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Author Topic: Solder does not stick to iron after cleaning  (Read 2261 times)
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Oh, I see. Well most likely the dimmer is actually a rheostat anyway - at least I imagine this to be the case. By turning the nob you are adjusting the resistance and limiting current to the light. Less current through the bulb filament means less heat and therefore less light.

In this application you are limiting the current to the iron and effectively lowering its power consumption (by less current) thereby making its operating temperature lower.

Thanks for the link. I think I will try this myself.
« Last Edit: August 04, 2013, 10:02:39 pm by sherrellbc » Logged

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http://www.ebay.com.au/itm/ATTEN-SOLDERING-STATION-IRON-AT80D-80W-LEAD-FREE-1-Year-SILICON-WIRE-LED-DIGITAL-/271179915565?pt=AU_B_I_Electrical_Test_Equipment&hash=item3f2395212d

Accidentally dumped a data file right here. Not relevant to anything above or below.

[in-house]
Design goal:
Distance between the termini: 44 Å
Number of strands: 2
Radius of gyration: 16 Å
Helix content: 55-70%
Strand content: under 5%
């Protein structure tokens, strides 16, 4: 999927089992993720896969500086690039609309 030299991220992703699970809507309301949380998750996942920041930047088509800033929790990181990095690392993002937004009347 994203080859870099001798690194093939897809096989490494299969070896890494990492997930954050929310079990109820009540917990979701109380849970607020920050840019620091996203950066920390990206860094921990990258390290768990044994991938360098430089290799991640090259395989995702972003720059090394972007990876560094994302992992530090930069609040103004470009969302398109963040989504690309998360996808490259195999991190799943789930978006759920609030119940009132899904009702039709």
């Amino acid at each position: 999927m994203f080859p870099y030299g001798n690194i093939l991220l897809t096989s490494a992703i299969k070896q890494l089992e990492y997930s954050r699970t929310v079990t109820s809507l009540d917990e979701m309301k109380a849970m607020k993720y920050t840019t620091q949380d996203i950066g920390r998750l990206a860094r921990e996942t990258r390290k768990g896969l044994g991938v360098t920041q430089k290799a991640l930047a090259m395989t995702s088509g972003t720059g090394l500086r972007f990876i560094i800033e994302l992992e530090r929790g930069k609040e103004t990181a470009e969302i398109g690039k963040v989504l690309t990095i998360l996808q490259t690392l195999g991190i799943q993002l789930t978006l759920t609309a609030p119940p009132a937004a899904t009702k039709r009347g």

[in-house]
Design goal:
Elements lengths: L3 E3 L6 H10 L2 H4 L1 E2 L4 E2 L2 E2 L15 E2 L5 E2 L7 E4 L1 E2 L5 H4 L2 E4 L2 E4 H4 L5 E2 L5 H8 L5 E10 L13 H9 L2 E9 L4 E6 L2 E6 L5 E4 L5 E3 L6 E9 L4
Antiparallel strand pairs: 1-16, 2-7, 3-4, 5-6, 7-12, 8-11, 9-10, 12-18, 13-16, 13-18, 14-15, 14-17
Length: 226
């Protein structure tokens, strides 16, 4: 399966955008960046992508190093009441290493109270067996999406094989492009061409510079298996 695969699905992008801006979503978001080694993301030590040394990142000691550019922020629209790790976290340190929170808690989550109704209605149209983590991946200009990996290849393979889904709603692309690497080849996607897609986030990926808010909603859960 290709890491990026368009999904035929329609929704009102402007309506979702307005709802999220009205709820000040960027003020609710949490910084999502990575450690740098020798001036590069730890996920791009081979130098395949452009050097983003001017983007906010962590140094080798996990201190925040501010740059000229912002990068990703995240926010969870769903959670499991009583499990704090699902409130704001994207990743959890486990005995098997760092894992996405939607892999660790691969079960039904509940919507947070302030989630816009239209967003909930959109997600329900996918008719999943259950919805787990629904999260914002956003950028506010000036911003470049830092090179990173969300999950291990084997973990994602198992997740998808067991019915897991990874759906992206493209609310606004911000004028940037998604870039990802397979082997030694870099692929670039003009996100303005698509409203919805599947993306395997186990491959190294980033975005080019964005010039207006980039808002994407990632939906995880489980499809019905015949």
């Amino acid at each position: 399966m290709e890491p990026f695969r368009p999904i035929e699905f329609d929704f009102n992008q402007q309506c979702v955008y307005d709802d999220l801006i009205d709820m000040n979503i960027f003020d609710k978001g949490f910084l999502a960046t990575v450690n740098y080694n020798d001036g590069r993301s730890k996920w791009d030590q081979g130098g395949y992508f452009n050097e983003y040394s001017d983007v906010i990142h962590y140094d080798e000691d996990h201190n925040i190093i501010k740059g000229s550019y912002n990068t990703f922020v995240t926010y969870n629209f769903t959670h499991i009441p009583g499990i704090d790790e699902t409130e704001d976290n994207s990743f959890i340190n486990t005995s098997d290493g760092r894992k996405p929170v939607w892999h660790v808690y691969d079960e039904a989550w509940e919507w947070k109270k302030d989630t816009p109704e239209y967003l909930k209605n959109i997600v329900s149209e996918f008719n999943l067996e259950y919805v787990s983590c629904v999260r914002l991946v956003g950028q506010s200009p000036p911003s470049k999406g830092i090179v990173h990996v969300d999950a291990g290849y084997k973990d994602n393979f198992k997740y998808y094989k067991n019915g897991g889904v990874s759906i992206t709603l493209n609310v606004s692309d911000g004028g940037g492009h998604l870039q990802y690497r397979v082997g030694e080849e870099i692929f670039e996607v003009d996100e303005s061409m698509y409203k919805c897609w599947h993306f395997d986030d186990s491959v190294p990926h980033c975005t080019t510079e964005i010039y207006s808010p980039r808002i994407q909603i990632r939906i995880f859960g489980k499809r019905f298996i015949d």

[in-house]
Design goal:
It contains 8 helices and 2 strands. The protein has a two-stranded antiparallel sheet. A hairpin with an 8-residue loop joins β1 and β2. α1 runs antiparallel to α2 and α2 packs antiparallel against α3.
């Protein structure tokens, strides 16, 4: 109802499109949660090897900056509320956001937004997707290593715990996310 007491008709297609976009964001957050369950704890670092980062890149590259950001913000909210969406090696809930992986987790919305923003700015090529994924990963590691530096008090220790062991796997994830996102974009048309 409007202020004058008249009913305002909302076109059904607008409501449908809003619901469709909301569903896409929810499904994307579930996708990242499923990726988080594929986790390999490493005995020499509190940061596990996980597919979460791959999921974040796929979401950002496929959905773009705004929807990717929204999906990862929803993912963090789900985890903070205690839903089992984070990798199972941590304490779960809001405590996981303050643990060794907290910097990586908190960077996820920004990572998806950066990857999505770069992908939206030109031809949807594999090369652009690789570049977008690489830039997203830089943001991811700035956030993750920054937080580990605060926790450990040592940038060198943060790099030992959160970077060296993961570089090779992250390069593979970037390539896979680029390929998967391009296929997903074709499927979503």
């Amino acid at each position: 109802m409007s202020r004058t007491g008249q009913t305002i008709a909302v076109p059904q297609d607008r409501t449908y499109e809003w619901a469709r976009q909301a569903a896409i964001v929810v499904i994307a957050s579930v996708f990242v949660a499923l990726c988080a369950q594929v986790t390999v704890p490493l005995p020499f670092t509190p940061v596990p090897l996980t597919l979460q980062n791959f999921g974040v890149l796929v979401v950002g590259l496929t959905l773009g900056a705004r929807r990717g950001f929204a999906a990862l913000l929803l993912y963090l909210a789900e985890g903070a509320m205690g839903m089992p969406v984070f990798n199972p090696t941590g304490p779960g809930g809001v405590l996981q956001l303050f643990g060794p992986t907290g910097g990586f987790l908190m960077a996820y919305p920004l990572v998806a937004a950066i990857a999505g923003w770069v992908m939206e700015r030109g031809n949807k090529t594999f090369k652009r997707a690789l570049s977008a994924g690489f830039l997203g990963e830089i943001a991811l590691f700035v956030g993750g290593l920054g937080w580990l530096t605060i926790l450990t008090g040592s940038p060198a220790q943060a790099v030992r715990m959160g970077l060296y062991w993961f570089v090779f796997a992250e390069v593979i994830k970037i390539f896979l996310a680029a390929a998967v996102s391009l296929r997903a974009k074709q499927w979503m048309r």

The Chinese are pumping out some decent stations for the price....
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Thanks for the link. My application of soldering is typically with very small ICs and discrete components. From what I read a lower power soldering iron is preferable. I was actually suggested a 15W, but I elected instead for the 25W version. It seems to work nicely when I can get it to.
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I'd say you have one of these it's a great iron put a $5.00 dollar dimmer on it and you'll Love it.
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I use a 15w iron like below. When the tip gets oxidized it won't wet easily. Not sure of the best way to deoxidize a tip. I usually give in and get a new tip if steel wool, etc., won't remove the oxidation.